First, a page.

Monsters, Dreams, and Discords: Vampire Fiction in Twenty-First Century American Culture
Wingfield, Jillian Marie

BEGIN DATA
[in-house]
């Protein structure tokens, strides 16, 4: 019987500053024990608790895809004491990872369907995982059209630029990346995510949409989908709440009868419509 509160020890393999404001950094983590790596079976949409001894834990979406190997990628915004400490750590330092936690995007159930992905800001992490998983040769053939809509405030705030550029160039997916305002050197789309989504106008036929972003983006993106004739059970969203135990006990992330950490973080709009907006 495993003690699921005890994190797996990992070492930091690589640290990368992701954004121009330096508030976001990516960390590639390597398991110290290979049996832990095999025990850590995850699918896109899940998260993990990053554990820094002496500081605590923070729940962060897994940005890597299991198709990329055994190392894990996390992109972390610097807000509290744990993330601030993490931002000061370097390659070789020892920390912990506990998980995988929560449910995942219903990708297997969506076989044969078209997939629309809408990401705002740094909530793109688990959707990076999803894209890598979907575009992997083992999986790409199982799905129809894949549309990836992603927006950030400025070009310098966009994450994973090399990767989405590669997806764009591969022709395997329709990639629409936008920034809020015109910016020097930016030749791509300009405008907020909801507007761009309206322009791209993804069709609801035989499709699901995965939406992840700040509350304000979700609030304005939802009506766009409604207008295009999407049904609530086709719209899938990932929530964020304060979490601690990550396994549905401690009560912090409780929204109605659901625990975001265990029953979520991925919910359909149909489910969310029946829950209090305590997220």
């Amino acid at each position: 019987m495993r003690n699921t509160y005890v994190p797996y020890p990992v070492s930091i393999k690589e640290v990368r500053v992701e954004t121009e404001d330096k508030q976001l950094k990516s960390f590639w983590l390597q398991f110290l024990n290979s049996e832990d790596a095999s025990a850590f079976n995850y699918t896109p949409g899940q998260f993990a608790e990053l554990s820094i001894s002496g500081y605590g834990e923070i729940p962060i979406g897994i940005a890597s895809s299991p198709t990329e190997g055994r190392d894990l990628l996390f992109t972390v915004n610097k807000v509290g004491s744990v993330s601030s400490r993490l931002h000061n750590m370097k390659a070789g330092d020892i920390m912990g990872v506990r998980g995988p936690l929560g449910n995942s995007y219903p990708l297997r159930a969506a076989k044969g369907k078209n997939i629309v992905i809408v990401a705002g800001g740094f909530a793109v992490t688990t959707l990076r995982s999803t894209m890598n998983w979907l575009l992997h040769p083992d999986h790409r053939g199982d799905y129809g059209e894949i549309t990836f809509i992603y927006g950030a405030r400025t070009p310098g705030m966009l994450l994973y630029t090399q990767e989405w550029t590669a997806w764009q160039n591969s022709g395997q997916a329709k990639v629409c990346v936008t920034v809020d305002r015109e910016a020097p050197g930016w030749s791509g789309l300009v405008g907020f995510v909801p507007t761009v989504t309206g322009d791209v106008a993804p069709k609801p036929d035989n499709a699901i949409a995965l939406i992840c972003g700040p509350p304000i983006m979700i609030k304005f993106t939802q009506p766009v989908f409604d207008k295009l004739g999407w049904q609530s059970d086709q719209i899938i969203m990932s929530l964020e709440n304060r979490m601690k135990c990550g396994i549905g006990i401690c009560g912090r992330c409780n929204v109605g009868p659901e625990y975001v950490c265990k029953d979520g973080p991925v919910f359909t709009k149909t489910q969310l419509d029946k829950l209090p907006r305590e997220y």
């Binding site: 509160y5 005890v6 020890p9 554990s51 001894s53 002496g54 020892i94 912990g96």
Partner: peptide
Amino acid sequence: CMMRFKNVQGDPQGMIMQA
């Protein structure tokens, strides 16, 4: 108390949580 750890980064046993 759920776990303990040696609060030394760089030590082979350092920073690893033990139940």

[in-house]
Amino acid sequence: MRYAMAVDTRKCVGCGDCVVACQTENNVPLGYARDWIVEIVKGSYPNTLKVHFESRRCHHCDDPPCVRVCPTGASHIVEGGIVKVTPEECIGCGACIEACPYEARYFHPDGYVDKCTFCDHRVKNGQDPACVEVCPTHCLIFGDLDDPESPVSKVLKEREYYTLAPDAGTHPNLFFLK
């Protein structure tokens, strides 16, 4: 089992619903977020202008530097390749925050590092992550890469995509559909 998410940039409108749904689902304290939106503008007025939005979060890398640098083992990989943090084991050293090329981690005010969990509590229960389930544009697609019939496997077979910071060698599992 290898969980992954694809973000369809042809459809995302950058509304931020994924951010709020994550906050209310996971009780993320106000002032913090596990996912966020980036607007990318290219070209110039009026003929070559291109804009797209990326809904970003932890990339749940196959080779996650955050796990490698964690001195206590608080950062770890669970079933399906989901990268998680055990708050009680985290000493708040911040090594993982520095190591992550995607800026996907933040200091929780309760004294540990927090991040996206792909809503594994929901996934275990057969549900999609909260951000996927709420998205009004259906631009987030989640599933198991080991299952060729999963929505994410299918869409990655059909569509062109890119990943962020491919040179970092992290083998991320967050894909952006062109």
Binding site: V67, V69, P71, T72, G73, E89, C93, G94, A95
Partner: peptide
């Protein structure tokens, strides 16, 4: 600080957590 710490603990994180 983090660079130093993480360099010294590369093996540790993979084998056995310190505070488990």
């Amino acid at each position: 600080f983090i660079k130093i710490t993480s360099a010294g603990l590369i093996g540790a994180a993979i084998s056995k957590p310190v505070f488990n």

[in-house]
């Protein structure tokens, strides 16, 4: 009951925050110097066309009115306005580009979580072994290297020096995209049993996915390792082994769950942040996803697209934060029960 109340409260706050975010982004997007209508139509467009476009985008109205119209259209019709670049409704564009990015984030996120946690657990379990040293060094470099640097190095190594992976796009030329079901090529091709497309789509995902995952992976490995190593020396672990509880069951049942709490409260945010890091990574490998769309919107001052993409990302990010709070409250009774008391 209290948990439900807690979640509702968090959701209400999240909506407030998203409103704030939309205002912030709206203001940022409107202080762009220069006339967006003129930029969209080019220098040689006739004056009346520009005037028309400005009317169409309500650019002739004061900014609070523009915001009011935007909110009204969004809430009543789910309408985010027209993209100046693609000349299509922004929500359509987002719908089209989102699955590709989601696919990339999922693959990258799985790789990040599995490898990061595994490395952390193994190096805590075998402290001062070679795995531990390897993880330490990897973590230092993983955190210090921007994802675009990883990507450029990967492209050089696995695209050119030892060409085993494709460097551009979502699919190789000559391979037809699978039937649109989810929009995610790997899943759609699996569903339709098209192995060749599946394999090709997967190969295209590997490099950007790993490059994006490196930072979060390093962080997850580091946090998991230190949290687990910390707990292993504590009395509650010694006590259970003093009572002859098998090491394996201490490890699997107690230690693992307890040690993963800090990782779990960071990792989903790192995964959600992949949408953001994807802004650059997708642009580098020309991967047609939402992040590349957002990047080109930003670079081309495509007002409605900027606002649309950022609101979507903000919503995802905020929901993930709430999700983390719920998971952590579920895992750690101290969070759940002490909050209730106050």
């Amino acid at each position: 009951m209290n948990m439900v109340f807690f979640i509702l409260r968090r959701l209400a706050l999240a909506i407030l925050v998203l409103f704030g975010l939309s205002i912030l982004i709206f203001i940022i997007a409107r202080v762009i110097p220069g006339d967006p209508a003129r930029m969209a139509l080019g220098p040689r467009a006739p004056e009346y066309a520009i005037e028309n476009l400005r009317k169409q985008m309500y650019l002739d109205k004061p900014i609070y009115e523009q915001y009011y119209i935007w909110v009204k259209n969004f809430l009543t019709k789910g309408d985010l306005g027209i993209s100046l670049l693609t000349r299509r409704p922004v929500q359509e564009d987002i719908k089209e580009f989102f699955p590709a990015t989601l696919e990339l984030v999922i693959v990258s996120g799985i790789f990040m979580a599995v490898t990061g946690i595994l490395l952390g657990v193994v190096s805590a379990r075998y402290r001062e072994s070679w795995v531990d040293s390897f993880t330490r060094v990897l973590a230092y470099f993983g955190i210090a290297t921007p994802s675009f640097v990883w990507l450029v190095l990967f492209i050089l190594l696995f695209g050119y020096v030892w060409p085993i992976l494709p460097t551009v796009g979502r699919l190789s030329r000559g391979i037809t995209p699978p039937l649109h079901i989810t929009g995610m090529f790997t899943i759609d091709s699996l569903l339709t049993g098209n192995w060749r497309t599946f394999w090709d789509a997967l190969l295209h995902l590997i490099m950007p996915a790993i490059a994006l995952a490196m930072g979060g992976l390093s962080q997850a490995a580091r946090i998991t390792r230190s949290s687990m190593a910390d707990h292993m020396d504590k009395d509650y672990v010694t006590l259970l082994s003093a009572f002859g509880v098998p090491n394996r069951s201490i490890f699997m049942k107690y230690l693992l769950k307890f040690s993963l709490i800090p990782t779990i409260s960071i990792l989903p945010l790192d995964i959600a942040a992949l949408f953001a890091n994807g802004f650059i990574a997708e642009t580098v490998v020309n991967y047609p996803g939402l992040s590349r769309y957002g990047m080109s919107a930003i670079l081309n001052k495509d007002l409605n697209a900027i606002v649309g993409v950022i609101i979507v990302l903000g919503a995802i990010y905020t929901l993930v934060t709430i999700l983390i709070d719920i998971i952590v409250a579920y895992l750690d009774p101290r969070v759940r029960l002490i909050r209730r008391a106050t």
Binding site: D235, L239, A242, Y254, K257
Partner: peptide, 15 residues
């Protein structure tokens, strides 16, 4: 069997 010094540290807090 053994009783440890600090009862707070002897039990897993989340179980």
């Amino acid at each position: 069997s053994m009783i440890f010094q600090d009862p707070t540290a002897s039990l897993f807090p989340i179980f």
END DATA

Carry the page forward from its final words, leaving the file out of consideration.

Amongst recent scholarly interest in vampire fiction, twenty-first century American vampire literature has yet to be examined as a body that demonstrates what is identified here as an evolution into three distinct yet inter-related sub-generic types, labelled for their primary characteristics as Monsters, Dreams, and Discords. This project extends the field of understanding through an examination of popular works of American twenty-first century literary vampire fiction, such as Stephenie Meyer’s Twilight series, alongside lesser-known works, such as Andrew Fox’s Fat White Vampire Blues. Drawing on a cultural materialist methodology, this thesis investigates vampires as signifiers of and responses to contemporary cultural fears and power dynamics as well as how they continue an ongoing expansion of influential generic paradigms. This thesis also incorporates psychological theories such as psychodynamics alongside theoretical approaches such as Freud’s consideration of the uncanny as means of understanding the undead as agents of fears and powerplays on a scale from individualized to global. Theories of power inform an argument for vampires as indicators of cultural threats, augmentations, or destabilizations within uchronic Americas. This thesis also draws on post-structuralism to inform an investigation of vampires as cultural indicators. Thus, theorists including Auerbach, Baudrillard, and Faludi are called on to underscore an examination of how modern undead narratives often defy – but do not disavow – cultural dominants, spanning a spectrum from reinforcing to questioning of environment. Through an assessment of central vampiric characters and their effects within the speculative Americas they inhabit, this thesis scrutinizes vampire narratives’ interaction with contextualities such as terroristic infiltration and a perceived need for martial hegemony, the fluid form of the American Dream, and the persistence of intra-cultural racial antagonisms. This will be carried out through investigation of two key literary texts within each of the three sections, considering how each epitomizes the sub-genre, engages with key vampiric forms, and extends generic understanding. The narratives on which this thesis focuses range from the apocalyptic of the Monsters section, where overcoming vampire threat is linked to corruption in and of a post-9/11 American ‘democratic’ corpus, to unattainable wish-fulfilment in the Dreams section, home to attempted occlusions of monstrosity in representations of alternative faces of fear hidden within American Dreams, and a questioning of the divisiveness embedded in modern U.S. culture in Discords, where the most divisive and long-standing cultural challenge – racial antagonism – finds vampiric mimesis. While focus here is on twenty-first century vampire fiction as an evolving form, the literary works investigated carry forward a palimpsestic understanding of generic ancestry. As such, fundamental to this analysis is how each of the texts focused on here also assimilates understanding of earlier key works in the American vampire genre. Although film undoubtedly plays a significant role in the history and reception of America’s undead, it only informs this thesis in the form of Tod Browning’s 1931 Universal ‘monster movie’ Dracula, as not only the point of entry into popular awareness for modern vampire fiction, but also a universal referent for all subsequent iterations of U.S. undead. Alongside Bela Lugosi’s influential portrayal of Stoker’s Count in Browning’s film, this thesis focuses on the influence of further iterations of Dracula and the two other foremost variants within twentieth-century American vampire fiction: Richard Matheson’s I Am Legend (1954), in which vampire fiction first fully assimilates into American culture, and Anne Rice’s Interview with the Vampire (1976), a romanticizing of undead bloodlust in tension with questioning and angst.
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